Offspring Birth Weight Is Associated with Specific Preconception Maternal Food Group Intake: Data from a Linked Population-Based Birth Cohort

Nastaran Salavati*, Petra C Vinke, Fraser Lewis, Marian K Bakker, Jan Jaap H M Erwich, Eline M van der Beek

*Corresponding author for this work

Research output: Contribution to journalArticleAcademicpeer-review

3 Citations (Scopus)
75 Downloads (Pure)


The preconception period has been recognized as one of the earliest sensitive windows for human development. Maternal dietary intake during this period may influence the oocyte quality, as well as placenta and early embryonic development during the first trimester of pregnancy. Previous studies have found associations between macronutrient intake during preconception and pregnancy outcomes. However, as food products consist of multiple macro- and micronutrients, it is difficult to relate this to dietary intake behavior. Therefore, the aim of this study was to investigate the association between intake of specific food groups during the preconception period with birth weight, using data from the Perined-Lifelines linked birth cohort. The Perined-Lifelines birth cohort consists of women who delivered a live-born infant at term after being enrolled in a large population-based cohort study (The Lifelines Cohort). Information on birth outcome was obtained by linkage to the Dutch perinatal registry (Perined). In total, we included 1698 women with data available on birth weight of the offspring and reliable detailed information on dietary intake using a semi-quantitative food frequency questionnaire obtained before pregnancy. Based on the 2015 Dutch Dietary Guidelines and recent literature 22 food groups were formulated. Birth weight was converted into gestational age-adjusted z-scores. Multivariable linear regression was performed, adjusted for intake of other food groups and covariates (maternal BMI, maternal age, smoking, alcohol, education level, urbanization level, parity, sex of newborn, ethnicity). Linear regression analysis, adjusted for covariates and intake of energy (in kcal) (adjusted z score [95% CI], P) showed that intake of food groups "artificially sweetened products" and "vegetables" was associated with increased birth weight (resp. (β = 0.001 [95% CI 0.000 to 0.001, p = 0.002]), (β = 0.002 [95% CI 0.000 to 0.003, p = 0.03])). Intake of food group "eggs" was associated with decreased birth weight (β = -0.093 [95% CI -0.174 to -0.013, p = 0.02]). Intake in food groups was expressed in 10 g per 1000 kcal to be able to draw conclusions on clinical relevance given the bigger portion size of the food groups. In particular, preconception intake of "artificially sweetened products" was shown to be associated with increased birth weight. Artificial sweeteners were introduced into our diets with the intention to reduce caloric intake and normalize blood glucose levels, without compromising on the preference for sweet food products. Our findings highlight the need to better understand how artificial sweeteners may affect the metabolism of the mother and her offspring already from preconception onwards.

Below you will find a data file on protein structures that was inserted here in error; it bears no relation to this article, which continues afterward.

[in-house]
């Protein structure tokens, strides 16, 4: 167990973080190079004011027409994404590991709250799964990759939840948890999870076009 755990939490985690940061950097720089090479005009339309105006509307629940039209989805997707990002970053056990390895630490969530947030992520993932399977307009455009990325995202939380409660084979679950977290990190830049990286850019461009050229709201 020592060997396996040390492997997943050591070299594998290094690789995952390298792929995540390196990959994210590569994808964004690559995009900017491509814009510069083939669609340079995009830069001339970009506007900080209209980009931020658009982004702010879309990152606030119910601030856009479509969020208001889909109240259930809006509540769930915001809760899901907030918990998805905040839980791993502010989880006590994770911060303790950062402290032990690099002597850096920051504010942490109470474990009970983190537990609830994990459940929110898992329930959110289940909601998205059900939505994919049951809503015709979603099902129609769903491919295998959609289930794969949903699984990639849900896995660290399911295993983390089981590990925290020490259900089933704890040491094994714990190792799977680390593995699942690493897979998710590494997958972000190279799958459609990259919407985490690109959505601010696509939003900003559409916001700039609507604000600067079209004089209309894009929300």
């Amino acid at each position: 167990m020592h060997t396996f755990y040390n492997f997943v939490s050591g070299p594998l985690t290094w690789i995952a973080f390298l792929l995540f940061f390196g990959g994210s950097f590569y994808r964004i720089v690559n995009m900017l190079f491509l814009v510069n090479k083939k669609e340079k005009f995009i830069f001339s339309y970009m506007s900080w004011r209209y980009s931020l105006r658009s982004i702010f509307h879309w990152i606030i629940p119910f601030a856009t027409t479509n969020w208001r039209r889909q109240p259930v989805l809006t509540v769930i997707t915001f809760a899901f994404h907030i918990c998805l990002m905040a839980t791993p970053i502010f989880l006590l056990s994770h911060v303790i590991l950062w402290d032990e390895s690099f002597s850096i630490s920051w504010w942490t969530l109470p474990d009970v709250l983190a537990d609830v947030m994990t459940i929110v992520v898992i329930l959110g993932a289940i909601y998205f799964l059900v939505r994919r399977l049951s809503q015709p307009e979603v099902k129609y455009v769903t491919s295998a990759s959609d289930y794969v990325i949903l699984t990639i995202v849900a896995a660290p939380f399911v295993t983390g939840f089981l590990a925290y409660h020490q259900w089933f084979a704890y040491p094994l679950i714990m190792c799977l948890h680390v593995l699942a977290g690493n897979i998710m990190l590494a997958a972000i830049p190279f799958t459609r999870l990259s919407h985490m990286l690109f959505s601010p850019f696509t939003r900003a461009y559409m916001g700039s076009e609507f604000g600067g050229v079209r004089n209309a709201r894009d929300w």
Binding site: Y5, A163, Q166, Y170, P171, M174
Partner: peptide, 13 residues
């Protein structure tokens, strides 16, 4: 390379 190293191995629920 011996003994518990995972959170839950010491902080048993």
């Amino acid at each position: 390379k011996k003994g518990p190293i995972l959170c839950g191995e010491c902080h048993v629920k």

Original languageEnglish
Article number3172
Pages (from-to)1-11
Number of pages11
Issue number10
Publication statusPublished - Oct-2020


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